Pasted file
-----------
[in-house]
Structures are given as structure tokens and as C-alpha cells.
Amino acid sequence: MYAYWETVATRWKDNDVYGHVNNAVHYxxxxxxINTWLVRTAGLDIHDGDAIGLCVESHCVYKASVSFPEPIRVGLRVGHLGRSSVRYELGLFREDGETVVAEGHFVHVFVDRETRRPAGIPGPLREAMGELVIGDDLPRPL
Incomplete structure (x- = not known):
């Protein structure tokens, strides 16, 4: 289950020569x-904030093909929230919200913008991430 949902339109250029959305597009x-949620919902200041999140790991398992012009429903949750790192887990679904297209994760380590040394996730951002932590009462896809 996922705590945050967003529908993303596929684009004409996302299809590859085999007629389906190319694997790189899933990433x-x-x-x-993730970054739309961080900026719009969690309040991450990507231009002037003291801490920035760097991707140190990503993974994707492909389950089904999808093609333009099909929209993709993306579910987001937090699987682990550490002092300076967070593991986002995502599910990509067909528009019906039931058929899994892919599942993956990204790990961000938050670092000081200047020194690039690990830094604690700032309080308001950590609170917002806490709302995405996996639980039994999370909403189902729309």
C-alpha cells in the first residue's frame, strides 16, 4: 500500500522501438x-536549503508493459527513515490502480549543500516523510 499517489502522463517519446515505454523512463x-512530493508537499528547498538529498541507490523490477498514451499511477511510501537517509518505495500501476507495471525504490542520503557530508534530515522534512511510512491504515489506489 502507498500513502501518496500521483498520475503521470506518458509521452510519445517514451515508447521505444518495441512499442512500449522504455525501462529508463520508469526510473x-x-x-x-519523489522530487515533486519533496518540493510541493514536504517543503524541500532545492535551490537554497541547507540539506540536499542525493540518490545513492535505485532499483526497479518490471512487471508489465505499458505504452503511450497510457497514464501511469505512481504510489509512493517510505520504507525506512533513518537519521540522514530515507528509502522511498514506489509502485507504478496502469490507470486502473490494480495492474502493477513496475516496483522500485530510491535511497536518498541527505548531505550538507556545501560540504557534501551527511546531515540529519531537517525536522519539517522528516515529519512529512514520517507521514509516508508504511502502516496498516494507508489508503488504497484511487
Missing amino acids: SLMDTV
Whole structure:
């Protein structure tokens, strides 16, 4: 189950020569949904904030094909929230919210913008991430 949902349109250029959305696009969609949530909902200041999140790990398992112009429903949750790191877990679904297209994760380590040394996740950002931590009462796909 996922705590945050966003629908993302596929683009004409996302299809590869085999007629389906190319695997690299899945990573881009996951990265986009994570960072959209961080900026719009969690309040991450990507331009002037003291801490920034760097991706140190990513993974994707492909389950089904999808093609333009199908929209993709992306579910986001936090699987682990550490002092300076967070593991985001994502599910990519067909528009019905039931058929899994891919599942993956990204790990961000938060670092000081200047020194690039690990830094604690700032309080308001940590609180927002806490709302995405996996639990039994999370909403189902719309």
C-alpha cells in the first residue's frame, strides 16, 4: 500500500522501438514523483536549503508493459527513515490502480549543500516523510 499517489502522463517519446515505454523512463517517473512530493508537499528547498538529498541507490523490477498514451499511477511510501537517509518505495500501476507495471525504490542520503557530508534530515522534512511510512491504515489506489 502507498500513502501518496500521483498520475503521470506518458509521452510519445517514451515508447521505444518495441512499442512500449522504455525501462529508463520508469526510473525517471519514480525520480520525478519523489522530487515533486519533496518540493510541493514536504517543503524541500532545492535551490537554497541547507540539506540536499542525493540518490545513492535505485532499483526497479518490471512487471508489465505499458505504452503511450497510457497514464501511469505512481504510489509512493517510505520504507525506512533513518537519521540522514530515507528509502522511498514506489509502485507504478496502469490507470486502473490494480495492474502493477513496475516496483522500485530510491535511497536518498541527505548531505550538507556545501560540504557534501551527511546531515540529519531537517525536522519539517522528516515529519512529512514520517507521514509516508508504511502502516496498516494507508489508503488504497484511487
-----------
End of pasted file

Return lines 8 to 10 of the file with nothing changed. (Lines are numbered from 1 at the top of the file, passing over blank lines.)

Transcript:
Whole structure:
């Protein structure tokens, strides 16, 4: 189950020569949904904030094909929230919210913008991430 949902349109250029959305696009969609949530909902200041999140790990398992112009429903949750790191877990679904297209994760380590040394996740950002931590009462796909 996922705590945050966003629908993302596929683009004409996302299809590869085999007629389906190319695997690299899945990573881009996951990265986009994570960072959209961080900026719009969690309040991450990507331009002037003291801490920034760097991706140190990513993974994707492909389950089904999808093609333009199908929209993709992306579910986001936090699987682990550490002092300076967070593991985001994502599910990519067909528009019905039931058929899994891919599942993956990204790990961000938060670092000081200047020194690039690990830094604690700032309080308001940590609180927002806490709302995405996996639990039994999370909403189902719309």
C-alpha cells in the first residue's frame, strides 16, 4: 500500500522501438514523483536549503508493459527513515490502480549543500516523510 499517489502522463517519446515505454523512463517517473512530493508537499528547498538529498541507490523490477498514451499511477511510501537517509518505495500501476507495471525504490542520503557530508534530515522534512511510512491504515489506489 502507498500513502501518496500521483498520475503521470506518458509521452510519445517514451515508447521505444518495441512499442512500449522504455525501462529508463520508469526510473525517471519514480525520480520525478519523489522530487515533486519533496518540493510541493514536504517543503524541500532545492535551490537554497541547507540539506540536499542525493540518490545513492535505485532499483526497479518490471512487471508489465505499458505504452503511450497510457497514464501511469505512481504510489509512493517510505520504507525506512533513518537519521540522514530515507528509502522511498514506489509502485507504478496502469490507470486502473490494480495492474502493477513496475516496483522500485530510491535511497536518498541527505548531505550538507556545501560540504557534501551527511546531515540529519531537517525536522519539517522528516515529519512529512514520517507521514509516508508504511502502516496498516494507508489508503488504497484511487